343 The thrust of the most recent statutory amendments to the Commissioner's role in employment relations was to devolve the Commissioner's influence. The general principle underpinning the relevant provisions in the Crown Entities Act 2004 is that:
- the Commissioner's role should be at the chief executive level: the board of a statutory entity and of a subsidiary of a statutory entity (Crown Agent; autonomous Crown entity; independent Crown entity) must consult the Commissioner over a chief executive's terms and conditions
- at the level of collective agreements applicable to other employees, Crown entities should be free to negotiate terms and conditions of employment without the Commissioner's involvement
- however, it is desirable to retain a 'reserve' or 'safety net' mechanism whereby an entity could be required by Order in Council to consult the Commissioner over collective agreements. The same applies to State-Owned Enterprises following an amendment in 2004 to the State-Owned Enterprises Act 1986.
344 When considering an appropriate contemporary role for the Commissioner in employment relations, it should be recognised that the Government is responsible for ensuring that conditions of employment are fiscally responsible and services to the public represent value for money. The Commissioner's role now requires him or her to communicate government policy and promote adherence to it; to promote an appropriate measure of consistency across government so that unreasonable variants or extravagant levels of remuneration are avoided; to promote workplace productivity; and to maintain an overview of the system to ensure it meets these requirements.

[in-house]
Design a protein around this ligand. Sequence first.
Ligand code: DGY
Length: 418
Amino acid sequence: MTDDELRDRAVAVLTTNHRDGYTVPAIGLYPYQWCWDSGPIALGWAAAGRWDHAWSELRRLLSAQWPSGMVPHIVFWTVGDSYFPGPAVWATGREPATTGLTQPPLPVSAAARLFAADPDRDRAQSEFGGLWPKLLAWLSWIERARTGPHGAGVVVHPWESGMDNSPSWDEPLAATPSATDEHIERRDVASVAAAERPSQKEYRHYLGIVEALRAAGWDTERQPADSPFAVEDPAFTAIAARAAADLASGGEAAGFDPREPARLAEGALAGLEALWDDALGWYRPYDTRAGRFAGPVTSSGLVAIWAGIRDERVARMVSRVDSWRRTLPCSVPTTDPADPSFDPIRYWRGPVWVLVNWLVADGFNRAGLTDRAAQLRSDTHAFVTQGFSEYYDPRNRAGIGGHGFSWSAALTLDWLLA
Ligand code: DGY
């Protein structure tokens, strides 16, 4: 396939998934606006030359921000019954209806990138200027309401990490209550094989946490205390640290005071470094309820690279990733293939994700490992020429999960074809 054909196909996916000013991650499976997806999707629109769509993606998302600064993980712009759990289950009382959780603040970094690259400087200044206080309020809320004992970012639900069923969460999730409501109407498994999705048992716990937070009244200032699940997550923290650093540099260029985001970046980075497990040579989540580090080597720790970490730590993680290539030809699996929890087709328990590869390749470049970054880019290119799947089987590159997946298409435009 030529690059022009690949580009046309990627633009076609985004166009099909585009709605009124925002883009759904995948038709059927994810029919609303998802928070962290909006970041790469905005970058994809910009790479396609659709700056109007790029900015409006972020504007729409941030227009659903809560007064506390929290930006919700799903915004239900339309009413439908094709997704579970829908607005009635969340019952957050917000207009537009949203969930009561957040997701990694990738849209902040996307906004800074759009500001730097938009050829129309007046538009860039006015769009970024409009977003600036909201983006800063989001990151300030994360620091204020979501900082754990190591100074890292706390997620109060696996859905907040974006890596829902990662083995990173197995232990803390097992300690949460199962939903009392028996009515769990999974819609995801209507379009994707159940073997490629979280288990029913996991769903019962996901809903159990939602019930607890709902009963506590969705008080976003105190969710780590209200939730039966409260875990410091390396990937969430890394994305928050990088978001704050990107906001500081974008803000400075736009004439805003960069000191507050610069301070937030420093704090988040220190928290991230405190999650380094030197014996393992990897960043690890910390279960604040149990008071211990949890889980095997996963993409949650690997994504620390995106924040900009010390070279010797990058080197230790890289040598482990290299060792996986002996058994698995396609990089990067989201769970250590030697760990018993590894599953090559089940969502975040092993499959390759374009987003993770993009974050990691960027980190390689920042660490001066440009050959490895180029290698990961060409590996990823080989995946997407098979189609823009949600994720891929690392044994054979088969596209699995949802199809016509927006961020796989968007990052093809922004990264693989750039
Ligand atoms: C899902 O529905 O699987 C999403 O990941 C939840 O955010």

345 The way in which the Commissioner could best acquit these responsibilities was not certain when SSC commenced its review of the SSA. The Commissioner's statutory role lacked consistency and – more importantly – did not reflect the overview role now played, as described in the previous paragraph. Moreover this overview role was increasingly being contested by some parts of the State services who wished to have independence in decision making in this area, which in turn resulted in the Commissioner being less effective in employment relations than Ministers expect.
Commissioner's role: options
346 The SSC's initial broad proposal was that, as part of the Commissioner's system leadership role, the Commissioner's mandate in workforce matters should extend beyond bargaining processes to encompass broader aspects of workforce and employment arrangements. The dimensions would encompass strategic workforce planning and development activity, pay and employment conditions, and bargaining processes. Leadership and talent development were closely related, and are discussed in relation to part 4 of the SSA.
Chief executive conditions of employment
347 The current regime for chief executive conditions of employment generally works well, whereby:
- Public Service conditions are determined between the Commissioner and the chief executive, with agreement of the Minister of State Services and the Prime Minister. However, the SSC considered it would be desirable to grant the Commissioner some flexibility to consult the Minister and Prime Minister rather than being required seek agreement in every case. This progressed as a separate proposal in relation to part 3 of the SSA.
- TEI councils and DHB boards must obtain the Commissioner's concurrence and consent respectively
- boards of statutory Crown entities and their subsidiaries must consult the Commissioner.
Workforce and employment relations
348 There appeared to be three broad options to form the statutory basis for the Commissioner's role, based around the current mandate regarding collective employment agreements: status quo; centralised control; uniform compliance with the Commissioner's expectations.
349 The first option was to maintain the status quo in legislation. But this did not reflect the actual role that the Commissioner currently performed and did not adequately address the need for consistency and impact.